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Romo-Linehan relationship coming along

8/6/2014

SAN DIEGO -- Tony Romo and Scott Linehan have spent a lot of time together since Linehan was named the Dallas Cowboys' passing game coordinator in the offseason, but the fruits of their relationship will be determined by on-field success.

With Romo not playing in Thursday night's preseason opener against the San Diego Chargers, Romo and Linehan will have to wait until the Aug. 15 preseason game against the Baltimore Ravens to break out their game day communication.

Linehan has called in plays to Romo via walkie-talkie in training camp practices, but that is largely off a pre-determined script. The calls open up more on game day when coach and player don't know what they will see from the opposing defense.

When Romo has not practice to try to preserve his surgically-repaired back, the quarterback has been next to Linehan when Brandon Weeden has operated the offense.

"Tony gets all the reps mentally," Linehan said. "He's in my back pocket and you're coaching him through it. Vets, they're accustomed to doing that."

After Linehan joined the Cowboys, Romo spoke with Detroit Lions quarterback Matthew Stafford for a scouting report of sorts. What Stafford told him has come to fruition.

"Scott is a really gifted play-caller," Romo said. "He has a great mind for the game. We will talk for hours sometimes. We can talk ten minutes and nine minutes [and] we are going over stuff and one minute touch on something that someone learns and maybe we will take something that helps the whole thing. It's small but it's huge to us and I think that is a great connection."

Romo has had three different play callers in his time as the Cowboys' starting quarterback, starting with Tony Sparano in 2006. Jason Garrett called them from 2007-12 and Bill Callahan called them last season.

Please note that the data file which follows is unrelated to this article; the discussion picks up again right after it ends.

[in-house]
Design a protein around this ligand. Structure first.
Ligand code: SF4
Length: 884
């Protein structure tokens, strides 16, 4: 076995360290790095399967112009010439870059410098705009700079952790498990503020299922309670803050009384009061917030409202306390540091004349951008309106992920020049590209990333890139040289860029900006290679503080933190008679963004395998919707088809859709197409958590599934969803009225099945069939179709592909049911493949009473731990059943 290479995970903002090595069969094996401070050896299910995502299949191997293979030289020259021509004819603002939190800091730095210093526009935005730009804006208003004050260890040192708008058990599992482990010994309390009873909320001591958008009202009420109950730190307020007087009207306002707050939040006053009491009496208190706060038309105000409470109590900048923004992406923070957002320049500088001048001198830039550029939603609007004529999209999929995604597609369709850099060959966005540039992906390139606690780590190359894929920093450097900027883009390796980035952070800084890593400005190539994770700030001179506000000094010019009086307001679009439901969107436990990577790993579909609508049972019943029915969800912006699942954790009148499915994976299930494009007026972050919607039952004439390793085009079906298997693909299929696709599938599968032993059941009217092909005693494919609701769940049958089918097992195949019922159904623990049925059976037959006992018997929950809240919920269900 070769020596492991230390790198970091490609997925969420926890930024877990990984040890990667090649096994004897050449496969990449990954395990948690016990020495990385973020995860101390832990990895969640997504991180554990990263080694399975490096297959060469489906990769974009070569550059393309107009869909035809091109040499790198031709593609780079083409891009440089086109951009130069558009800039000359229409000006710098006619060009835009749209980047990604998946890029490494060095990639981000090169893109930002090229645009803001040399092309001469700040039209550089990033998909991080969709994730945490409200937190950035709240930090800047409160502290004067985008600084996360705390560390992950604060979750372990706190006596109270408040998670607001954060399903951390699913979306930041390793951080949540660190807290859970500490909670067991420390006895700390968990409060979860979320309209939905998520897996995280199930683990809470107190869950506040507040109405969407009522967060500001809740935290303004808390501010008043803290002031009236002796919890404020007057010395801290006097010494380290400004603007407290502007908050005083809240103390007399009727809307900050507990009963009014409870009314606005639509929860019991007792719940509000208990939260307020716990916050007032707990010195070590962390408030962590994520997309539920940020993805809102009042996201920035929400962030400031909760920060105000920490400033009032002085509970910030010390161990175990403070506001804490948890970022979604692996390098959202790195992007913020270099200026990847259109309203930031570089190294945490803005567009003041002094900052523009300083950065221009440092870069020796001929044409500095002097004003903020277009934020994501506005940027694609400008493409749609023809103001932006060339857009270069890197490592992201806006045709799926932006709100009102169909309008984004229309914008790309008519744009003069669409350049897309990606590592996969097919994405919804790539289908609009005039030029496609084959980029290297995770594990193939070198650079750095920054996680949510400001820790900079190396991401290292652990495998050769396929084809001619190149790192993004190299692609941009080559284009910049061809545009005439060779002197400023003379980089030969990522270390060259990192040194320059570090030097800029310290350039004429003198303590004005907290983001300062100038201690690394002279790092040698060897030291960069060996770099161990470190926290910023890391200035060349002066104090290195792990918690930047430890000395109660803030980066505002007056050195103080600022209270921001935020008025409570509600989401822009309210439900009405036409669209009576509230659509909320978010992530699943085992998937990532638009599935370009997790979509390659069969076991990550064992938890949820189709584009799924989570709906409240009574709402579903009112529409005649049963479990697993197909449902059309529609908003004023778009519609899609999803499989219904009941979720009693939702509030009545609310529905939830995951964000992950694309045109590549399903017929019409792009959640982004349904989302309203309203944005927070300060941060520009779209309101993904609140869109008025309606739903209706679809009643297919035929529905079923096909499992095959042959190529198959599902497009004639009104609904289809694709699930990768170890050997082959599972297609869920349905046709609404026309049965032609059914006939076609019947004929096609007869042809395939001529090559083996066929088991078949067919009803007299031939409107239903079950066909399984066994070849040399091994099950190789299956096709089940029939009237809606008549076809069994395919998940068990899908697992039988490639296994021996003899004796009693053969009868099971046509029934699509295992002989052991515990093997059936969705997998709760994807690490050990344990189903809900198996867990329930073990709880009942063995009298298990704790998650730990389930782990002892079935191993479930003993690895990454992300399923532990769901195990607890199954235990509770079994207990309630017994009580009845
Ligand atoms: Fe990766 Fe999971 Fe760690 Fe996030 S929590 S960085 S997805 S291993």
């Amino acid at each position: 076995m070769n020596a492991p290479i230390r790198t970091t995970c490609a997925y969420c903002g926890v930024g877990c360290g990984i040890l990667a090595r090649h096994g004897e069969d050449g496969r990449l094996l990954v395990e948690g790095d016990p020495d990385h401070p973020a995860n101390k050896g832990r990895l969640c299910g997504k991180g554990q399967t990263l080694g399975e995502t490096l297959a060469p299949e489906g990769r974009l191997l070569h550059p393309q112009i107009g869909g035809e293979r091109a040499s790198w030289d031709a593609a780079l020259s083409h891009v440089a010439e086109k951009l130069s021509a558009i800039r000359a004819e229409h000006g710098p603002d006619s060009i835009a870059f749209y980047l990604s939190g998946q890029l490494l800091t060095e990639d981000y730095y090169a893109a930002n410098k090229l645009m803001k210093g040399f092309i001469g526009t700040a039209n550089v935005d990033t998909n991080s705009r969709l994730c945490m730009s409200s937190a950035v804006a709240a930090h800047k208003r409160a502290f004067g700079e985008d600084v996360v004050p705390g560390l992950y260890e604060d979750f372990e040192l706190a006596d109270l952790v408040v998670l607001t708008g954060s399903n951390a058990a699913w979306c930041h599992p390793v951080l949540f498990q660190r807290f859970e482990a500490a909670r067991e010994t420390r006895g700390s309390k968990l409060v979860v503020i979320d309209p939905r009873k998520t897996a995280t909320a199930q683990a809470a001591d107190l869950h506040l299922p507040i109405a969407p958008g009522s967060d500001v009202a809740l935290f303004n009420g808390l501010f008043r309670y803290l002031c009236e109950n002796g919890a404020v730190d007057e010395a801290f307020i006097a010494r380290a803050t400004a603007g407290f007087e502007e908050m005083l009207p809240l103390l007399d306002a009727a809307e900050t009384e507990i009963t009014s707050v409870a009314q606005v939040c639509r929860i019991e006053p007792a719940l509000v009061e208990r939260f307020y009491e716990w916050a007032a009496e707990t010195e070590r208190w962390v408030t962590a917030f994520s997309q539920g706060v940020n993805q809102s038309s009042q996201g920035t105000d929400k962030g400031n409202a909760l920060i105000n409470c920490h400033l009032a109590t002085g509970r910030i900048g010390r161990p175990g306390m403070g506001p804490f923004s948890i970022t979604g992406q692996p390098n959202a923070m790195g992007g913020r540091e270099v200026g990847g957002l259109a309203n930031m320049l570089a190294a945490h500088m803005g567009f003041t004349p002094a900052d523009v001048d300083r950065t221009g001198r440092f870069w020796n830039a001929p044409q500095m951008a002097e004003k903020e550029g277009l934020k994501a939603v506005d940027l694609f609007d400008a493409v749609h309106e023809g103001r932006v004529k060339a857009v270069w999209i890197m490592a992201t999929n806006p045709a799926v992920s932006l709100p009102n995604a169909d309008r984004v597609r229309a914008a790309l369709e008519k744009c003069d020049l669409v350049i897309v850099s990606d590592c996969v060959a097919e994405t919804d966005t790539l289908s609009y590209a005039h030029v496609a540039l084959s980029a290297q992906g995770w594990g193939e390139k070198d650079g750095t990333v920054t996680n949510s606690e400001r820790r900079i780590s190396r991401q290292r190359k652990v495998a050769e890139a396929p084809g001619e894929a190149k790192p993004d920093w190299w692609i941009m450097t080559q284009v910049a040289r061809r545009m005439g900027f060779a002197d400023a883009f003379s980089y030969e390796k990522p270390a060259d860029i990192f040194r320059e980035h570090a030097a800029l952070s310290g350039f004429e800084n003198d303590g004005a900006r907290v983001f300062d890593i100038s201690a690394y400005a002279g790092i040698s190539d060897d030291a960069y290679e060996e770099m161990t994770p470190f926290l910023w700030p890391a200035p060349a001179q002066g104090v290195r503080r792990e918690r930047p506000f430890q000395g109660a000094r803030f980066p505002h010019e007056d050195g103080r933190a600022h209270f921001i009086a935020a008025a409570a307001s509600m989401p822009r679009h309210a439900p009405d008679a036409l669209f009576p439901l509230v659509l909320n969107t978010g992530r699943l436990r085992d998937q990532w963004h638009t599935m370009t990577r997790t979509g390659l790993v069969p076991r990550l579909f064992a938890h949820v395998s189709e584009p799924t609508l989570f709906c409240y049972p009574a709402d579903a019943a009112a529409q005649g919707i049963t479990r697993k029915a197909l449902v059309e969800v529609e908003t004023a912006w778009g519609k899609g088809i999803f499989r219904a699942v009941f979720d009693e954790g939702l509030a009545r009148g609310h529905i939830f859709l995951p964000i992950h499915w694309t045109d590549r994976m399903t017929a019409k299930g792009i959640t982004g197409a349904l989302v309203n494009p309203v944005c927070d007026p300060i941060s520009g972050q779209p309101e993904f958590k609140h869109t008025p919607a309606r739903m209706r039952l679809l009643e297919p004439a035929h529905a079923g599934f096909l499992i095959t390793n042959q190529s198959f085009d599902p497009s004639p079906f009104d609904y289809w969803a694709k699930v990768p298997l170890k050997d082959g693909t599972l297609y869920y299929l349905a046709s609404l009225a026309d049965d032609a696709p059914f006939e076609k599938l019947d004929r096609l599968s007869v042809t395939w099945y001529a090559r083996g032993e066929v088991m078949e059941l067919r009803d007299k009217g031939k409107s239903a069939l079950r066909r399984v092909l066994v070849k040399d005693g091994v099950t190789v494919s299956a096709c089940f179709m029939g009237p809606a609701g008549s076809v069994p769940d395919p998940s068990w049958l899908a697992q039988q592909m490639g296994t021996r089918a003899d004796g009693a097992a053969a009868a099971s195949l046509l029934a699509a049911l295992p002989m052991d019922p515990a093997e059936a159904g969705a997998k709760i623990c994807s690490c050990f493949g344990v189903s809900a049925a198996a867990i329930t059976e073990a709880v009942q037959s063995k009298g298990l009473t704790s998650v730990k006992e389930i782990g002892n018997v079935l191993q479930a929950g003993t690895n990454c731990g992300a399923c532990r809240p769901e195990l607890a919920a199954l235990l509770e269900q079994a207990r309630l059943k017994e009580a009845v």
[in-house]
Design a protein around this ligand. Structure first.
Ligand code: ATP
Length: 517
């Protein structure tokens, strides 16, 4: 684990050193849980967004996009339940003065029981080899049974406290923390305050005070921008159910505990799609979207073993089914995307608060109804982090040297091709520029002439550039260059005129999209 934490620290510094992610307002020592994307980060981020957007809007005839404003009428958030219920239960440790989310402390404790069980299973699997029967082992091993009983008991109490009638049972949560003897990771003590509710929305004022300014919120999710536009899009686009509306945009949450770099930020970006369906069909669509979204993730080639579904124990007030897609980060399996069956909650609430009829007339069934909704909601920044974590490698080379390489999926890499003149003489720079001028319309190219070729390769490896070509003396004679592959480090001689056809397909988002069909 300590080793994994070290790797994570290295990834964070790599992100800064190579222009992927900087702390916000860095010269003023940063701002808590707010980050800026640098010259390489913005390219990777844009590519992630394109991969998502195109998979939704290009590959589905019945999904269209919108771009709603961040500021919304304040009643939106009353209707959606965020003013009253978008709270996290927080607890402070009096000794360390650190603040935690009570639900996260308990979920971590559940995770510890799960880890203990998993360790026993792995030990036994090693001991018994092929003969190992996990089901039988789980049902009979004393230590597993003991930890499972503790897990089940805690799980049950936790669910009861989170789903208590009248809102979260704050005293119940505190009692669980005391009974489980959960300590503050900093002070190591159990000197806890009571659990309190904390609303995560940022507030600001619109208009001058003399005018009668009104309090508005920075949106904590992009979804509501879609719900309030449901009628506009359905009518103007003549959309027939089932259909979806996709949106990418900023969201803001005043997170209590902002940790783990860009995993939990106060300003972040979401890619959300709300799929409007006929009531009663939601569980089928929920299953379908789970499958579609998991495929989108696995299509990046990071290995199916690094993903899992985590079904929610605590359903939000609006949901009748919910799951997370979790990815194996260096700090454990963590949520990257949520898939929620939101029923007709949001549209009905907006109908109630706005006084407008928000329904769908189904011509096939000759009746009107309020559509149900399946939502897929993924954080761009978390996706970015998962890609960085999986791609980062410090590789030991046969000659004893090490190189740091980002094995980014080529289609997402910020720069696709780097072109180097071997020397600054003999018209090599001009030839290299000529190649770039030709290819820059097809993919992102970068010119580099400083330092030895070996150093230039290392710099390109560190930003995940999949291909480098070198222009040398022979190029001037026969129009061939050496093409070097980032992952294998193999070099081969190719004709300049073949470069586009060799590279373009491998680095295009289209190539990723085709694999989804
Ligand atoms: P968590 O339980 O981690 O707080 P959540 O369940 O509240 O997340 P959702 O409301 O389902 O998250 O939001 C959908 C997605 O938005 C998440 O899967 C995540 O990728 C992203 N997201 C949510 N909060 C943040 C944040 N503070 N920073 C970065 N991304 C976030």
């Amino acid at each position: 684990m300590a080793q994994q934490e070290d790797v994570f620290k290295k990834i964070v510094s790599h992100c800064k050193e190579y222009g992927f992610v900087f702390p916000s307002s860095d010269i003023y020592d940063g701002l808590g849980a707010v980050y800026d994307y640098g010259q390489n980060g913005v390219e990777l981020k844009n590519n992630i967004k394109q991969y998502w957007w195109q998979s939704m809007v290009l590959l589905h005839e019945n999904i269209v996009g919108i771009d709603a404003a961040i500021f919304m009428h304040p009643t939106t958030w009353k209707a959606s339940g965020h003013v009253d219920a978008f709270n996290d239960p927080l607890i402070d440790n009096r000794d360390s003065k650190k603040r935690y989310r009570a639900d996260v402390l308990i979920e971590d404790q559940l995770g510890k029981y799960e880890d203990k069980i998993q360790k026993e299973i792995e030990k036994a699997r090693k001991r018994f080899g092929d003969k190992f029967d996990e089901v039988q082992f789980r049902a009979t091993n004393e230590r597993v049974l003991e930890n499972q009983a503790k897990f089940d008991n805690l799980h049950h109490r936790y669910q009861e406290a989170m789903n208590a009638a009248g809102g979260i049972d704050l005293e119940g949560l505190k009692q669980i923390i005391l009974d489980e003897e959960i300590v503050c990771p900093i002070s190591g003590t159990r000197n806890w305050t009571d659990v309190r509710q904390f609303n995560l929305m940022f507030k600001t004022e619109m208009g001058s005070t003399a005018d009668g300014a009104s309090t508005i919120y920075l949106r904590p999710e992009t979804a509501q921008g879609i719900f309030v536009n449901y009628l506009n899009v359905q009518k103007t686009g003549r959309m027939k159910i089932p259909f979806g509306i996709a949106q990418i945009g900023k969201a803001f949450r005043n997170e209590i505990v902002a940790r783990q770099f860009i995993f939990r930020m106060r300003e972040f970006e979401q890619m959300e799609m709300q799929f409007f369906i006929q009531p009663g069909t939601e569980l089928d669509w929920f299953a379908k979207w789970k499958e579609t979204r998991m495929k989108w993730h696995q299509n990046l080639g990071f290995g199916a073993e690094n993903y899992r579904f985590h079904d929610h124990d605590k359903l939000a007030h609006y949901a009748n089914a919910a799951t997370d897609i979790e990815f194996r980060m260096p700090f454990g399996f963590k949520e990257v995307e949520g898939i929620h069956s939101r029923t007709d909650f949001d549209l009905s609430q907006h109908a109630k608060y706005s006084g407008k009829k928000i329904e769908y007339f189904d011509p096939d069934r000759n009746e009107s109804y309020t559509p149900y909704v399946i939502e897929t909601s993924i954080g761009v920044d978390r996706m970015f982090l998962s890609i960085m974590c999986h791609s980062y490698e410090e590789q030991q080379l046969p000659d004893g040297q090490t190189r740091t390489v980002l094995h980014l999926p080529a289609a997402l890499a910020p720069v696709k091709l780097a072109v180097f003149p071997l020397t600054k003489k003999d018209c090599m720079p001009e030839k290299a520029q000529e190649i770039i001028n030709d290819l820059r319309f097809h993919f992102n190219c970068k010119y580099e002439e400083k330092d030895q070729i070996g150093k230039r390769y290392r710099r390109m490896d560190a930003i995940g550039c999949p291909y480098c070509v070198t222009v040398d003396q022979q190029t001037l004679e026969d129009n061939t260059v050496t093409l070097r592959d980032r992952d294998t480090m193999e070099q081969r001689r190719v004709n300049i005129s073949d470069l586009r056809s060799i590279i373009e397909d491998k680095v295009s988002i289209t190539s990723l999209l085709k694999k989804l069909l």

The offense has been the same since 2007 but Linehan has brought some changes, paring down the verbiage of the plays to streamline the process a little more.

"He's tuned in to why you call a play, what you call a play for and he understands the answer if you don't get what you're calling the play for," Linehan said. "That's valuable time."

During a red zone period in practice last week they spoke about what should have happened because of a look the defense gave and what did not happen. Romo called out the change in a route combination as Linehan was saying it.

The what-if game they play is not Football 101.

"It's high level," Linehan said. "He knows the game. You can't help but know the game. He's been very well coached throughout his career. First of all he's got a wealth of knowledge that you can't replace. He's prepared for any situation really. There's not a whole lot of things he hasn't seen. So the whole idea is getting to see that in person and then you're like, 'Oh, yeah, I can see why he would've don't that.' He's got a great mind, but a great knack for the game in making things work. Let's say a guy is coming free on a rush, he knows what to do. He's got a plan for where the ball is going to go. That's just experience."